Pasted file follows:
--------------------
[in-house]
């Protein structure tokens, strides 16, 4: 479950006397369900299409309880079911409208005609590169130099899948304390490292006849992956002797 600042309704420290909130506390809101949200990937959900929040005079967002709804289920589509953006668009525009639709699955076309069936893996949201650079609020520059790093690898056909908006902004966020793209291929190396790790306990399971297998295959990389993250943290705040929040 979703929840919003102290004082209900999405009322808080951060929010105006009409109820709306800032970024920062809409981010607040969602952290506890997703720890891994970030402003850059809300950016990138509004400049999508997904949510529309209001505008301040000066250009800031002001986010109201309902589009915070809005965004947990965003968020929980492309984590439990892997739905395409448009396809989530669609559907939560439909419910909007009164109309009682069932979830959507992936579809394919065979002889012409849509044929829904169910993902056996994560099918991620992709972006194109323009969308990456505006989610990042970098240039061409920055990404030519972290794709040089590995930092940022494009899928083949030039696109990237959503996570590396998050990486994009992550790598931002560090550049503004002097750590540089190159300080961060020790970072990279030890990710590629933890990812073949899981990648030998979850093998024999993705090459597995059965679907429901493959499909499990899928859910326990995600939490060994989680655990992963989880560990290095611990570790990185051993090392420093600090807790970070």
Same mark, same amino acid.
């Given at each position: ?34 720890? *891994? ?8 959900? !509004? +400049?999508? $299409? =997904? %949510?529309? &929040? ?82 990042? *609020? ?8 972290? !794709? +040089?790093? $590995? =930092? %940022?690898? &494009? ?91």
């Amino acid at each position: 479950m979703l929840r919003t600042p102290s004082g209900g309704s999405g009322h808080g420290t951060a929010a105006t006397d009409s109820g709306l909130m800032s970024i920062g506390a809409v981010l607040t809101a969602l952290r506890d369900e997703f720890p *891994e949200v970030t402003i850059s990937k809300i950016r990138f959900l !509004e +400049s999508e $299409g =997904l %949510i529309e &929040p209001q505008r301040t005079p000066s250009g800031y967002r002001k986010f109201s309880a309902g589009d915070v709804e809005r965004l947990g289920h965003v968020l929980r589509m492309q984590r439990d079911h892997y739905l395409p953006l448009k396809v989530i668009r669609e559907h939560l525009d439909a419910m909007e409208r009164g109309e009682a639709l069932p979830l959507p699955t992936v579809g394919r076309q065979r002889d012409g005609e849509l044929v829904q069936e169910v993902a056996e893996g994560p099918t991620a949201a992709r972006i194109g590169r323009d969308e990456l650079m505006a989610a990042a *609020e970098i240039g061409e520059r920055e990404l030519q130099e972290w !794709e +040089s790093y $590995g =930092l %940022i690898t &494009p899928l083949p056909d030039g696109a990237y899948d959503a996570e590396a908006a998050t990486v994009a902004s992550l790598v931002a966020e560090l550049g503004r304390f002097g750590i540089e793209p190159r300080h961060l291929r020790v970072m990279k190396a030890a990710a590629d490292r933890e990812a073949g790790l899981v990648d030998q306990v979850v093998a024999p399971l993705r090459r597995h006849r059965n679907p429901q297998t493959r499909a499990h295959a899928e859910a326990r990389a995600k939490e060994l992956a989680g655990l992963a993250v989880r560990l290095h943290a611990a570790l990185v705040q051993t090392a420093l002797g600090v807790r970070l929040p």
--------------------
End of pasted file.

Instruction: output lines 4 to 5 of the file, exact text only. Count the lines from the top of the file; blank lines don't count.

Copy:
């Given at each position: ?34 720890? *891994? ?8 959900? !509004? +400049?999508? $299409? =997904? %949510?529309? &929040? ?82 990042? *609020? ?8 972290? !794709? +040089?790093? $590995? =930092? %940022?690898? &494009? ?91």
């Amino acid at each position: 479950m979703l929840r919003t600042p102290s004082g209900g309704s999405g009322h808080g420290t951060a929010a105006t006397d009409s109820g709306l909130m800032s970024i920062g506390a809409v981010l607040t809101a969602l952290r506890d369900e997703f720890p *891994e949200v970030t402003i850059s990937k809300i950016r990138f959900l !509004e +400049s999508e $299409g =997904l %949510i529309e &929040p209001q505008r301040t005079p000066s250009g800031y967002r002001k986010f109201s309880a309902g589009d915070v709804e809005r965004l947990g289920h965003v968020l929980r589509m492309q984590r439990d079911h892997y739905l395409p953006l448009k396809v989530i668009r669609e559907h939560l525009d439909a419910m909007e409208r009164g109309e009682a639709l069932p979830l959507p699955t992936v579809g394919r076309q065979r002889d012409g005609e849509l044929v829904q069936e169910v993902a056996e893996g994560p099918t991620a949201a992709r972006i194109g590169r323009d969308e990456l650079m505006a989610a990042a *609020e970098i240039g061409e520059r920055e990404l030519q130099e972290w !794709e +040089s790093y $590995g =930092l %940022i690898t &494009p899928l083949p056909d030039g696109a990237y899948d959503a996570e590396a908006a998050t990486v994009a902004s992550l790598v931002a966020e560090l550049g503004r304390f002097g750590i540089e793209p190159r300080h961060l291929r020790v970072m990279k190396a030890a990710a590629d490292r933890e990812a073949g790790l899981v990648d030998q306990v979850v093998a024999p399971l993705r090459r597995h006849r059965n679907p429901q297998t493959r499909a499990h295959a899928e859910a326990r990389a995600k939490e060994l992956a989680g655990l992963a993250v989880r560990l290095h943290a611990a570790l990185v705040q051993t090392a420093l002797g600090v807790r970070l929040p």